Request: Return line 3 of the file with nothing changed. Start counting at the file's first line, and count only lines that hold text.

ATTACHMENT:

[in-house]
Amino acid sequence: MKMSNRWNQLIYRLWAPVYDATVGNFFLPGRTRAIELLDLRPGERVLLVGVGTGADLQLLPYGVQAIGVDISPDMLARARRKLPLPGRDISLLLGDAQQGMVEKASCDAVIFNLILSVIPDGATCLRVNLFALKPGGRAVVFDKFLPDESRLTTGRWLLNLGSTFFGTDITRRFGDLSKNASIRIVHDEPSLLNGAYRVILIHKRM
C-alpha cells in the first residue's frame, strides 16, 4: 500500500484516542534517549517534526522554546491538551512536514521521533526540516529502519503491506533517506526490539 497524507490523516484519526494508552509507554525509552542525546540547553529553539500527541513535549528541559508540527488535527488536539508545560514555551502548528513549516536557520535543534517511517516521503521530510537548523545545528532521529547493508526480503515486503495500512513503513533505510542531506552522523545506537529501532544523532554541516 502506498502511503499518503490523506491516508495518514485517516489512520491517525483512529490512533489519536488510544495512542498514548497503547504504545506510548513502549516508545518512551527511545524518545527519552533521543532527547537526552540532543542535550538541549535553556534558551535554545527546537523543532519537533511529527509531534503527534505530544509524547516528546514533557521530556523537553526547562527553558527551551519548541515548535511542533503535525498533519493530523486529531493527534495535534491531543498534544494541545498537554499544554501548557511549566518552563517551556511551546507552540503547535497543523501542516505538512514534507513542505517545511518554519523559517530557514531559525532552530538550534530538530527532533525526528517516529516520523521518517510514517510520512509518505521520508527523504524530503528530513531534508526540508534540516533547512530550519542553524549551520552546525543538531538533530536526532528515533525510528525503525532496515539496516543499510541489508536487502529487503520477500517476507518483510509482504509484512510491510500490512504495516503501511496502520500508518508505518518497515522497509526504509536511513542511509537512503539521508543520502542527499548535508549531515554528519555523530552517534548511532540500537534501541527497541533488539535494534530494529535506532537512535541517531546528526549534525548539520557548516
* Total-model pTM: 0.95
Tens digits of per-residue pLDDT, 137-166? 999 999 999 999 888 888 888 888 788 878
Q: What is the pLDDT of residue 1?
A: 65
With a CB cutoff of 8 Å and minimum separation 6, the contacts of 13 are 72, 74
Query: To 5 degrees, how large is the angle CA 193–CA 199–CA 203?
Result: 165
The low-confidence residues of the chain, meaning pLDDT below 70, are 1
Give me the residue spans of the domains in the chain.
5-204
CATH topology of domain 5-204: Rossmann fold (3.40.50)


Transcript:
C-alpha cells in the first residue's frame, strides 16, 4: 500500500484516542534517549517534526522554546491538551512536514521521533526540516529502519503491506533517506526490539 497524507490523516484519526494508552509507554525509552542525546540547553529553539500527541513535549528541559508540527488535527488536539508545560514555551502548528513549516536557520535543534517511517516521503521530510537548523545545528532521529547493508526480503515486503495500512513503513533505510542531506552522523545506537529501532544523532554541516 502506498502511503499518503490523506491516508495518514485517516489512520491517525483512529490512533489519536488510544495512542498514548497503547504504545506510548513502549516508545518512551527511545524518545527519552533521543532527547537526552540532543542535550538541549535553556534558551535554545527546537523543532519537533511529527509531534503527534505530544509524547516528546514533557521530556523537553526547562527553558527551551519548541515548535511542533503535525498533519493530523486529531493527534495535534491531543498534544494541545498537554499544554501548557511549566518552563517551556511551546507552540503547535497543523501542516505538512514534507513542505517545511518554519523559517530557514531559525532552530538550534530538530527532533525526528517516529516520523521518517510514517510520512509518505521520508527523504524530503528530513531534508526540508534540516533547512530550519542553524549551520552546525543538531538533530536526532528515533525510528525503525532496515539496516543499510541489508536487502529487503520477500517476507518483510509482504509484512510491510500490512504495516503501511496502520500508518508505518518497515522497509526504509536511513542511509537512503539521508543520502542527499548535508549531515554528519555523530552517534548511532540500537534501541527497541533488539535494534530494529535506532537512535541517531546528526549534525548539520557548516